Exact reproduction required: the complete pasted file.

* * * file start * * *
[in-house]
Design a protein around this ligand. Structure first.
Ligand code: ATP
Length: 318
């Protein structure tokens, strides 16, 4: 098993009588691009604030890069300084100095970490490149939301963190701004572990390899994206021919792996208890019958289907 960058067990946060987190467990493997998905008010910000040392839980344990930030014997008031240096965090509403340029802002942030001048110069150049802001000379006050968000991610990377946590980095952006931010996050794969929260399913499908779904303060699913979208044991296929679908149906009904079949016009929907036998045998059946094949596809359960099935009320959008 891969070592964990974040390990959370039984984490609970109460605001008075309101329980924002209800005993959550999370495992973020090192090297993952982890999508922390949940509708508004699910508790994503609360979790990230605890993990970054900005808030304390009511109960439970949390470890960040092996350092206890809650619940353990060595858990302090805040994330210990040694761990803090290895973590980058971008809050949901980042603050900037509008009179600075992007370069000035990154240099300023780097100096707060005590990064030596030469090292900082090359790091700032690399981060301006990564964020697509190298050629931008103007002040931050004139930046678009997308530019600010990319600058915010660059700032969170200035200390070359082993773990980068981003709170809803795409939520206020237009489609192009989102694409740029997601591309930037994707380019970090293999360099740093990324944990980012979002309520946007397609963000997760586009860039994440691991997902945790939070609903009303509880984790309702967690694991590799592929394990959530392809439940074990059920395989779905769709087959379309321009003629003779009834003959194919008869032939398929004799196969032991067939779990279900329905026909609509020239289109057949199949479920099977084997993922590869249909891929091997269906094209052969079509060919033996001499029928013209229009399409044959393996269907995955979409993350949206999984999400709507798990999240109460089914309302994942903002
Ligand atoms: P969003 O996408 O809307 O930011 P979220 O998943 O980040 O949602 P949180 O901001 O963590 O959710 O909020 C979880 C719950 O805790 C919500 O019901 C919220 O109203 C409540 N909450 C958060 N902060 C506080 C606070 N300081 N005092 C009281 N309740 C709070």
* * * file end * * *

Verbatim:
[in-house]
Design a protein around this ligand. Structure first.
Ligand code: ATP
Length: 318
């Protein structure tokens, strides 16, 4: 098993009588691009604030890069300084100095970490490149939301963190701004572990390899994206021919792996208890019958289907 960058067990946060987190467990493997998905008010910000040392839980344990930030014997008031240096965090509403340029802002942030001048110069150049802001000379006050968000991610990377946590980095952006931010996050794969929260399913499908779904303060699913979208044991296929679908149906009904079949016009929907036998045998059946094949596809359960099935009320959008 891969070592964990974040390990959370039984984490609970109460605001008075309101329980924002209800005993959550999370495992973020090192090297993952982890999508922390949940509708508004699910508790994503609360979790990230605890993990970054900005808030304390009511109960439970949390470890960040092996350092206890809650619940353990060595858990302090805040994330210990040694761990803090290895973590980058971008809050949901980042603050900037509008009179600075992007370069000035990154240099300023780097100096707060005590990064030596030469090292900082090359790091700032690399981060301006990564964020697509190298050629931008103007002040931050004139930046678009997308530019600010990319600058915010660059700032969170200035200390070359082993773990980068981003709170809803795409939520206020237009489609192009989102694409740029997601591309930037994707380019970090293999360099740093990324944990980012979002309520946007397609963000997760586009860039994440691991997902945790939070609903009303509880984790309702967690694991590799592929394990959530392809439940074990059920395989779905769709087959379309321009003629003779009834003959194919008869032939398929004799196969032991067939779990279900329905026909609509020239289109057949199949479920099977084997993922590869249909891929091997269906094209052969079509060919033996001499029928013209229009399409044959393996269907995955979409993350949206999984999400709507798990999240109460089914309302994942903002
Ligand atoms: P969003 O996408 O809307 O930011 P979220 O998943 O980040 O949602 P949180 O901001 O963590 O959710 O909020 C979880 C719950 O805790 C919500 O019901 C919220 O109203 C409540 N909450 C958060 N902060 C506080 C606070 N300081 N005092 C009281 N309740 C709070």